The short story is, to me, one of the heights of literary form. Anthologies are handy collections of short stories - the cream of the crop when it comes to smart storytelling. They cater for readers who want a quick fix as well as those on slower, longer ruminations. Recently, I’ve discovered a campaign to ‘Save the Short Story’, which means our anthologies are relevant beyond lesbianlit.

GMK: The premise is you simply approach well known writers and ask them to contribute for free. And you get some really big names. The deal is because the anthology is free they get massive exposure for their work. Is this near genius or are you slightly mad?

Evecho: (Laughs) Well, genius and madness are a matter of perspective. I don’t think I’m either. What I had was an opportunity to pursue an idea that I knew, deep down, I had to do.

Read These Lips is at heart a project to spread quality lesbian literature as far as possible, particularly and especially to those who find it hard to afford or obtain stories to relate to.

We’re interested in writers, all writers. Fame is relative. Writers may be well-known in the UK but not in the US, and vice versa. A newbie today could be a superstar tomorrow. What we want is for one part of the world to see the other. What we offer is a place for stories that don’t fit mainstream expectations. Our threshold for submissions is open and quite unburdened by requisites. Being an unpublished writer is not a detriment, in our view. We’ve had great success mentoring new writers, and we’re delighted when they go on to long and successful careers. Writers who are committed to their stories shine through every time.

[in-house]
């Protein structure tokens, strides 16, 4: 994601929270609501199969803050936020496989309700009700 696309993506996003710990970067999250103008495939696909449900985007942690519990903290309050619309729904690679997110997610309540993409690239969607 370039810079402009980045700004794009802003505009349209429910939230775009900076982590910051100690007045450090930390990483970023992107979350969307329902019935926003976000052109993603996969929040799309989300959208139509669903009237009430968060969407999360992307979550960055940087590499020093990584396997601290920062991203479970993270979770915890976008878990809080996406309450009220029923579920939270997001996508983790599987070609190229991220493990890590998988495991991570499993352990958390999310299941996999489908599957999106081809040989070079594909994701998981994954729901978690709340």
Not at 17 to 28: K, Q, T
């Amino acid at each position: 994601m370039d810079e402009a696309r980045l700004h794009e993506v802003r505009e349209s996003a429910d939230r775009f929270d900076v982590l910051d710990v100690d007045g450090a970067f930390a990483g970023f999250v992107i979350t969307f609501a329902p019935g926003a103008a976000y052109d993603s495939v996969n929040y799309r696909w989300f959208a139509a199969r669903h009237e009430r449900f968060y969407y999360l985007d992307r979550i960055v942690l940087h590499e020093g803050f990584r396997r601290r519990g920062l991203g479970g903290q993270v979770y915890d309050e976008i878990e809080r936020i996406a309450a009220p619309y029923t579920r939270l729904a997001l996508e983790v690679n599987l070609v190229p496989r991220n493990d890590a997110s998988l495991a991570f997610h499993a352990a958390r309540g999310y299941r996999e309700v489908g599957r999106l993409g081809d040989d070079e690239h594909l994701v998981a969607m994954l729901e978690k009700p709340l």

We are conscious of our commitment to the writers, readers and lesbianlit as a whole. By bringing them together, our goal is to nourish the development of multi-faceted lesbianlit that crosses opinions and inspires lesbians to want to express themselves.

GMK: What's your vision for the future?

Evecho: We’re a young publisher and we have loads of ideas. However, nothing moves fast, or fast enough, in publishing. Stay tuned to our blog (http://readtheselips.wordpress.com/) where we’ll have regular updates as well as Read These Lips, Volume 3.

GMK: Finally, writers, published and unpublished alike get a massive audience. The production team gets valuable work experience, and folio expansion. Even your professional editors gain great kudos for their fantastic efforts. What do you get out of it? It’s so much hard work for the global community, and all for free? Are you really just a philanthropist at heart?

Evecho: The great thing about publishing is that you never go it alone. There are resources and wonderful important people with you every step of the way. Sure the work can be tough at times but it is never hard when you do something you love. Read These Lips is a deeply rewarding and hugely satisfying project.

Interview by Gill McKnight. For more information about ReadTheseLips.com, check out their website at http://www.readtheselips.com/ or email info@readtheselips.com.

Labels:

0 Comments:

Post a Comment

Links to this post:

Create a Link

<< Home